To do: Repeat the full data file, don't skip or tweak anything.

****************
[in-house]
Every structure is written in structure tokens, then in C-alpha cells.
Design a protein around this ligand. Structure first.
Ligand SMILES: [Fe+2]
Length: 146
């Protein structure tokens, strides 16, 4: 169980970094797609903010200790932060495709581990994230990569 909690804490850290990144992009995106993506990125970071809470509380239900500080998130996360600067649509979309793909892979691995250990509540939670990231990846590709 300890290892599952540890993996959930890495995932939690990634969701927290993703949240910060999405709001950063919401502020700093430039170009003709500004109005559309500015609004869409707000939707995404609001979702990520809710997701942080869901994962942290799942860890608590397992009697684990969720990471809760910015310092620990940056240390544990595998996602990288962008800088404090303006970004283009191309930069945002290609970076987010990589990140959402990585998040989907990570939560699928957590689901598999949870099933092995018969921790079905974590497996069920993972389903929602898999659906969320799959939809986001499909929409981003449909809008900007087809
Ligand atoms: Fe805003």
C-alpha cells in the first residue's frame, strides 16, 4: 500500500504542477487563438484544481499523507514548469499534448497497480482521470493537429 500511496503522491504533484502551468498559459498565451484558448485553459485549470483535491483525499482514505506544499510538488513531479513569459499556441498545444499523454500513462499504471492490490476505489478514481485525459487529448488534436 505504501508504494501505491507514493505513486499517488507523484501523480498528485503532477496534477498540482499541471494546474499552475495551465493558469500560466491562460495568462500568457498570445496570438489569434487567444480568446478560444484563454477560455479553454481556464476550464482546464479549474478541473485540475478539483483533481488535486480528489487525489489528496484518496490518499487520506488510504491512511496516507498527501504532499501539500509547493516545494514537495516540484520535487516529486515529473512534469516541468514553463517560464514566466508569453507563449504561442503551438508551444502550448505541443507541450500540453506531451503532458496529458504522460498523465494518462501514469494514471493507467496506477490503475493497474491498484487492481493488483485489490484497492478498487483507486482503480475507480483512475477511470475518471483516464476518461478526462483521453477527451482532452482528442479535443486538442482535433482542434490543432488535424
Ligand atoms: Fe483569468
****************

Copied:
[in-house]
Every structure is written in structure tokens, then in C-alpha cells.
Design a protein around this ligand. Structure first.
Ligand SMILES: [Fe+2]
Length: 146
């Protein structure tokens, strides 16, 4: 169980970094797609903010200790932060495709581990994230990569 909690804490850290990144992009995106993506990125970071809470509380239900500080998130996360600067649509979309793909892979691995250990509540939670990231990846590709 300890290892599952540890993996959930890495995932939690990634969701927290993703949240910060999405709001950063919401502020700093430039170009003709500004109005559309500015609004869409707000939707995404609001979702990520809710997701942080869901994962942290799942860890608590397992009697684990969720990471809760910015310092620990940056240390544990595998996602990288962008800088404090303006970004283009191309930069945002290609970076987010990589990140959402990585998040989907990570939560699928957590689901598999949870099933092995018969921790079905974590497996069920993972389903929602898999659906969320799959939809986001499909929409981003449909809008900007087809
Ligand atoms: Fe805003």
C-alpha cells in the first residue's frame, strides 16, 4: 500500500504542477487563438484544481499523507514548469499534448497497480482521470493537429 500511496503522491504533484502551468498559459498565451484558448485553459485549470483535491483525499482514505506544499510538488513531479513569459499556441498545444499523454500513462499504471492490490476505489478514481485525459487529448488534436 505504501508504494501505491507514493505513486499517488507523484501523480498528485503532477496534477498540482499541471494546474499552475495551465493558469500560466491562460495568462500568457498570445496570438489569434487567444480568446478560444484563454477560455479553454481556464476550464482546464479549474478541473485540475478539483483533481488535486480528489487525489489528496484518496490518499487520506488510504491512511496516507498527501504532499501539500509547493516545494514537495516540484520535487516529486515529473512534469516541468514553463517560464514566466508569453507563449504561442503551438508551444502550448505541443507541450500540453506531451503532458496529458504522460498523465494518462501514469494514471493507467496506477490503475493497474491498484487492481493488483485489490484497492478498487483507486482503480475507480483512475477511470475518471483516464476518461478526462483521453477527451482532452482528442479535443486538442482535433482542434490543432488535424
Ligand atoms: Fe483569468